Gene-ius

Comment:
For mutations, does a missense mutation *always* result in a changed amino acid- which may or may not result in a defective protein?
And a synonymous mutation does not result in a different amino acid?
Are both of these considered examples of “point” mutations?
Response:
A missense mutation, by definition, results in an amino acid change.  Depending on what the amino acid change is (conservative vs nonconservative) and it’s location in the protein, it may have no effect on the protein function.  The students don’t need to know this.  They just need to identify any mutation resulting with any amino acid change as a missense mutation. For the purposes of this event, a synonymous mutation is a change in a nucleotide which results in the same amino acid being used.  These are sometimes called “silent mutations” but a synonymous mutation may not actually be “silent” as it may still affect gene regulation, splicing etc. Again, the students don’t need to know that. Missense, synonymous and nonsense mutations are all point mutations but I will not use the term point mutation in the event and would not accept the answer of point mutation. They would be expected to identify it as one of the three.

Question/Answers in Gene-ius event

Question: If you are using fill in the blank type questions will you typically provide students with a list of options (e.g. metacentric, submetacentric, acroncentric, transcription, translation, mitosis, meiosis etc . . .) or will you expect students to know these terms and spellings without prompts?
Answer: Students will not necessarily be given a list of options for fill in the blank questions.  However, this type of question is used sparingly and spelling will not count as long as we can discern what the intended answer is.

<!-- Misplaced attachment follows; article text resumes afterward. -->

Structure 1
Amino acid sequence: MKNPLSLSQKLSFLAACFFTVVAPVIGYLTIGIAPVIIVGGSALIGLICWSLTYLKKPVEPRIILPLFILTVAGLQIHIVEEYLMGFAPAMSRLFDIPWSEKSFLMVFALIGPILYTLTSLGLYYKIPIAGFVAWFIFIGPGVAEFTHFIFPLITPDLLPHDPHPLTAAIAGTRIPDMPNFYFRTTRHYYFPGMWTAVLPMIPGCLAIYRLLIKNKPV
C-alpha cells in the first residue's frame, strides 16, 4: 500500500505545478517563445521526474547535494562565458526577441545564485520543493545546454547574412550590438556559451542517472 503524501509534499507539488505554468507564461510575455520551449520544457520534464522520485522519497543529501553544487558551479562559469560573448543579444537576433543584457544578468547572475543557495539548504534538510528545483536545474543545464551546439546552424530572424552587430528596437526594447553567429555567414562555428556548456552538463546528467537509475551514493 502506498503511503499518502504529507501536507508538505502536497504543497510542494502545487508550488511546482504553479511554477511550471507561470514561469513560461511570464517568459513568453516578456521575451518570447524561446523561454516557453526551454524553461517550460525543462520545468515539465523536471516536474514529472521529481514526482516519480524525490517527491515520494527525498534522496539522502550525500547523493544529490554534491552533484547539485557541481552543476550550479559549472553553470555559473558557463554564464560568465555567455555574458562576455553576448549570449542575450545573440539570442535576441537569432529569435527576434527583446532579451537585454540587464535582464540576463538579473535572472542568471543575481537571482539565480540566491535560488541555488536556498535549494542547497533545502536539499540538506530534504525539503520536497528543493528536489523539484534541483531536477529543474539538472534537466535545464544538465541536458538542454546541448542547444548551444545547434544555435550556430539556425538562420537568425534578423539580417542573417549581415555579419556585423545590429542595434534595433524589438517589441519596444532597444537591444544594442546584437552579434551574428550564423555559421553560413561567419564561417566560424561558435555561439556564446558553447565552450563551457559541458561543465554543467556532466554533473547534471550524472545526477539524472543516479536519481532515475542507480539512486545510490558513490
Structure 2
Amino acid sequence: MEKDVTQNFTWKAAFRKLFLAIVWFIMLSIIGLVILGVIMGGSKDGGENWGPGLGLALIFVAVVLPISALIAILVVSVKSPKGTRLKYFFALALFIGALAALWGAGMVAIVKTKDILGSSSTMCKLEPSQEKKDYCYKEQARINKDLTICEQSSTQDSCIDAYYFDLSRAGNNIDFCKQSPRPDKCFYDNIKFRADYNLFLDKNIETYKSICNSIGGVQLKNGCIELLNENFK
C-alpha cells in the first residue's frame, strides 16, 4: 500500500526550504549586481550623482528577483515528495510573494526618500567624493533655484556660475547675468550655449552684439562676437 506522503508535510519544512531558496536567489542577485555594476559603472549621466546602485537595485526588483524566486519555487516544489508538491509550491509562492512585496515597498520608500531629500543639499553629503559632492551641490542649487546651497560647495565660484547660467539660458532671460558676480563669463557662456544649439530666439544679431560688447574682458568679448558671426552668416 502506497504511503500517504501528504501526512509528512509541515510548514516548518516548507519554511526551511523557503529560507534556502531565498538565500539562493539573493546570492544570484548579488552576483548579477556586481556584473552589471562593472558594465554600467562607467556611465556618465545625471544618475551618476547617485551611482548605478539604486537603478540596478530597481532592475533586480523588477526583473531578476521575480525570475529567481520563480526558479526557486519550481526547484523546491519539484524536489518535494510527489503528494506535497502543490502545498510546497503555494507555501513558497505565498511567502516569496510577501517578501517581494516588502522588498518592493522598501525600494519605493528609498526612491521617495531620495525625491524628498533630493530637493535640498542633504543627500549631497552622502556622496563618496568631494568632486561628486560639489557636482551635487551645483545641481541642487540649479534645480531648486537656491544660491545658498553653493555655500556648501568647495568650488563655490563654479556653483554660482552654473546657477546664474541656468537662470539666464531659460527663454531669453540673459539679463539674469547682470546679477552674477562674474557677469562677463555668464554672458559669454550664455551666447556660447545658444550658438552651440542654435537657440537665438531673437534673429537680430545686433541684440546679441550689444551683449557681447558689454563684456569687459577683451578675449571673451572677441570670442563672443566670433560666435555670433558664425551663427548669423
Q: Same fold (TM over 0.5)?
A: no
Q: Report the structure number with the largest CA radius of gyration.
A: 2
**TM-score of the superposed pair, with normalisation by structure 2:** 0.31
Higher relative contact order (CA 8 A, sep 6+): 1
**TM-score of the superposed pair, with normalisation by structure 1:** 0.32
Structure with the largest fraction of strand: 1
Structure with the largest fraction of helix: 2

Gene-ius Magnetic Chromosome Kit

Comment:

I am coaching for “Gene-ius”. I recently got the new karyotype model for practice and noticed that we were given 72 chromosomes on the magnetic sheet to cut out, however, on the content sheet it says that we are supposed to have 75 chromosomes. I was just wondering if this was a typo on the sheet, or if I am missing a piece of the set? Thanks

Correction to the content list in the Magnetic Chromosome Kit Guide:

·     Magnetic chromosomes (ideograms of G-banded human chromosomes) – The kit initially comes with one magnetic sheet containing 72 chromosomes (3 each of autosomes 1 to 22, 3 X’s and 3 Y’s). Individual chromosomes will need to be cut out of this sheet (easy to do with a pair of good scissors). Extra chromosomes are included in order to simulate trisomies and in case of the loss of a chromosome.

Gene-ius

Question:  In the team workshop presentation, one of the sample questions asks students to write down the amino acid sequence to start the dystrophin protein. How/when are students supposed to know to look for a start sequence? Will every question that asks them to write out an amino acid sequence include a start?
 
Answer: If given a DNA sequence not starting with ATG, students should be able to locate the first ATG and start reading the triplet codons from that point. Please see the samples in the study guide for more information (page 19).

Updated GENE-ius Team Workshop slides

Q: Hello, First time coach here, fumbling my way through. I am watching the GENE-ius workshop and when answering question re: using the Codon chart, 13:55 into the workshop video, there is question about a mutation in the gene sequence. The amino acid sequence is identified as “methionine, leucine, tryptophan, tryptophan, glutamic acid, glutamic acid, stop.” The way I am reading it, there is only one glutamic acid before the Stop. Could you please check that for me? I just want to make sure I am understanding it correctly and that I teach the kids correctly. I think there is an error in the answer given. If I am mistaken, then I apologize, and I will need some further clarification on how to read the sequence. Thank you!! 

A: Thank you for your comment.  You are correct.  The correct amino acid sequence resulting from the mutation is Met-Leu-Trp-Trp-Glu-Stop. I am unable to modify the video from last year but the corrected pdf of the PowerPoint used during the presentation has been posted here.